#1 12-08-2008 12:00 am

eric s
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New Helpful Hint: Breaking Out

It's been a few months since there has been a new Helpful Hint here at the 11 Second Club.   But now we're back with a brand new one, and I wanted to make sure that this one was worth the wait.

Our first Helpful Hint focused on some technical issues folks might have run across when trying to encode their entries for each month's competition.

The second Helpful Hint was directed towards how to make your work more presentable in the Works In Progress section of our forums.

This time around, I wanted to offer something more directly related to animation.  So we'll be looking at some basic thoughts about staging your character in order to set the stage for a natural and compelling performance.   Where you place your character can make the difference between Dullsville and Amazingburg, even if the performance is exactly the same--and we'll be looking at how that works.   

Ready?   Here we go!

Helpful Hints: Breaking Out


(note: all 11 Second Club Helpful Hints are available from the Resources page)


The world is full of diamonds; go out and find them.

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#2 12-08-2008 2:42 am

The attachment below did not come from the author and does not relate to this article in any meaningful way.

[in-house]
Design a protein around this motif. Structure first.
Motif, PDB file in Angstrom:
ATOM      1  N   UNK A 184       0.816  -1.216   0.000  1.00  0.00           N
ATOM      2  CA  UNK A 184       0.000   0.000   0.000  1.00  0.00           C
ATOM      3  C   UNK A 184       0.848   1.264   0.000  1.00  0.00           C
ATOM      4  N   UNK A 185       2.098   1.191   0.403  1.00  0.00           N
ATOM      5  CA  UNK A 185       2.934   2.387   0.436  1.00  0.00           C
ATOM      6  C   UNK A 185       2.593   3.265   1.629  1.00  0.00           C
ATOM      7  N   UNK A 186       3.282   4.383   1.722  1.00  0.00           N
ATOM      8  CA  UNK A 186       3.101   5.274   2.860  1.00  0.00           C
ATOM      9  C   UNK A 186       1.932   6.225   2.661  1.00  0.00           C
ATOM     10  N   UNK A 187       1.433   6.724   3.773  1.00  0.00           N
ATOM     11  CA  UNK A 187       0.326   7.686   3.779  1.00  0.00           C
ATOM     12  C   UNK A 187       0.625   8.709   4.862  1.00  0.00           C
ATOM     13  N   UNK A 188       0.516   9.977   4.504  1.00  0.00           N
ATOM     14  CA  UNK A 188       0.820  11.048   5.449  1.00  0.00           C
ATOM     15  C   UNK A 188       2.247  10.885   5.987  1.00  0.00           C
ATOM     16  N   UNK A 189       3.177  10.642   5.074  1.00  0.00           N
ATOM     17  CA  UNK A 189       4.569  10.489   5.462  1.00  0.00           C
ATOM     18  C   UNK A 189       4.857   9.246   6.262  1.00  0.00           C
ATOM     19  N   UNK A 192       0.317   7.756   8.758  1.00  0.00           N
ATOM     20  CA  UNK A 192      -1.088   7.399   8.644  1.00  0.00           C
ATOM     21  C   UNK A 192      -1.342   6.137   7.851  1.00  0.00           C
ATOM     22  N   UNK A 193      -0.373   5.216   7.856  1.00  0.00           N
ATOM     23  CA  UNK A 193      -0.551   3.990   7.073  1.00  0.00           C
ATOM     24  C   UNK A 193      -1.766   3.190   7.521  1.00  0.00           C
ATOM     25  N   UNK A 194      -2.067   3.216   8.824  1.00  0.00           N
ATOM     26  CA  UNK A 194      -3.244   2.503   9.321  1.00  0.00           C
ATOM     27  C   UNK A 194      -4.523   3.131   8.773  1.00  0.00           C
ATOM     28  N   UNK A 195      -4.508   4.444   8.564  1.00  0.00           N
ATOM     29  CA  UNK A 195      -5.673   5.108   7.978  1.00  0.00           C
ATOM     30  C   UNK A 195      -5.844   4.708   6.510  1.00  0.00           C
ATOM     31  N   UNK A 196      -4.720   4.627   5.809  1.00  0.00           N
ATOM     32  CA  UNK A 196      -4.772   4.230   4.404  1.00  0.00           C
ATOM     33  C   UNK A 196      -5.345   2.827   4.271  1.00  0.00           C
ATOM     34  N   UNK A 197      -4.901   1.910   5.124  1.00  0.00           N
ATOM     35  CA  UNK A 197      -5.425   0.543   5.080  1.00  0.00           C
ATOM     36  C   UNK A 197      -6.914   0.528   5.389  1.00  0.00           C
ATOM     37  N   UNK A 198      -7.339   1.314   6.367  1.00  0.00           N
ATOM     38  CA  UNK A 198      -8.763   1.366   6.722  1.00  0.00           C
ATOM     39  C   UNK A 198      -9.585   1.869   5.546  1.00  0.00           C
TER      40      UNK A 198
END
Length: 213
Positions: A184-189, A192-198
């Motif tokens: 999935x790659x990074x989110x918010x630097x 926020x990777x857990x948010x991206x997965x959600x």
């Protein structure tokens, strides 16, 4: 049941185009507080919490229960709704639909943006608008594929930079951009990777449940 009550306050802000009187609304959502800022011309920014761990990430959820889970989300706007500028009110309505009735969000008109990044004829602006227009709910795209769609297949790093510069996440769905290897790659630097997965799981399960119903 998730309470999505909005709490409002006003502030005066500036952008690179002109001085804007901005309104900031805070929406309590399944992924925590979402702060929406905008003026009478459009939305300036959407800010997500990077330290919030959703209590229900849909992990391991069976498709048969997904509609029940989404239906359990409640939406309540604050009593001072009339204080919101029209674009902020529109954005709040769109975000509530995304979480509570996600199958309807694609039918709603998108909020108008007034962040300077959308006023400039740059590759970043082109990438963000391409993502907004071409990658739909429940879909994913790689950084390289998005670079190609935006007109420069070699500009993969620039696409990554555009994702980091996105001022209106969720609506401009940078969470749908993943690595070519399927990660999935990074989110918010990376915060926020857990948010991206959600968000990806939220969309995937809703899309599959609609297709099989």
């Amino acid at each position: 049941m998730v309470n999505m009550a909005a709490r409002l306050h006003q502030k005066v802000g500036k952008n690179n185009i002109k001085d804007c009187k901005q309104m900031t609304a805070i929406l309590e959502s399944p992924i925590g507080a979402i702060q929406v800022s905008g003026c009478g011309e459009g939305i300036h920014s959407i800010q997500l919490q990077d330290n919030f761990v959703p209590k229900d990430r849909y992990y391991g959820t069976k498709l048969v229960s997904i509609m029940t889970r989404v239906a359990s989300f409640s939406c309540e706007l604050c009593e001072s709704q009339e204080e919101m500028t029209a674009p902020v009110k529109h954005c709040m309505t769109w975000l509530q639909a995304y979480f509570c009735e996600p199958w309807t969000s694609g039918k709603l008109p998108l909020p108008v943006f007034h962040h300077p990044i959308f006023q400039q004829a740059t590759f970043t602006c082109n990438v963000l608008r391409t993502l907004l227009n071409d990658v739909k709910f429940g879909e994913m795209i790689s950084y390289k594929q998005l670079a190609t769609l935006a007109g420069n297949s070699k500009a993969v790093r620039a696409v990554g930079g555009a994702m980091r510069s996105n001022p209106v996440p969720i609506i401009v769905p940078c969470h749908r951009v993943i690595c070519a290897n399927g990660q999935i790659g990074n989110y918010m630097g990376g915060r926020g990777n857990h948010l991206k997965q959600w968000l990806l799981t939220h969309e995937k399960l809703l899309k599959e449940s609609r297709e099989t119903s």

DharAM
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Re: New Helpful Hint: Breaking Out

Another excellent presentation, Eric. Thanks.


"Technology doesn't make the motion picture, people do. You're not an animator just because you can move an object from point A to point B. (You're) someone who breathes life into a character, which is something the software and technology can't give you."

- John Lasseter

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#3 12-08-2008 3:46 am

Monkey Boy
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Re: New Helpful Hint: Breaking Out

i agree once again you have created another excellent helpful hint, i would love to use this on the peace im working on for University but i don't know if the acting will work if i did.

could you suggest anything for it, i have been hold by the lecturer that during the animation the camera can not move, so the staging has to be right from the start to finish.

Direct Link



any help would be great, i hope that you can get back to me before Wednesday as thats the day of hand in and im already stressing out about the work as it is, i just don't feel that its good enough to pass at the moment.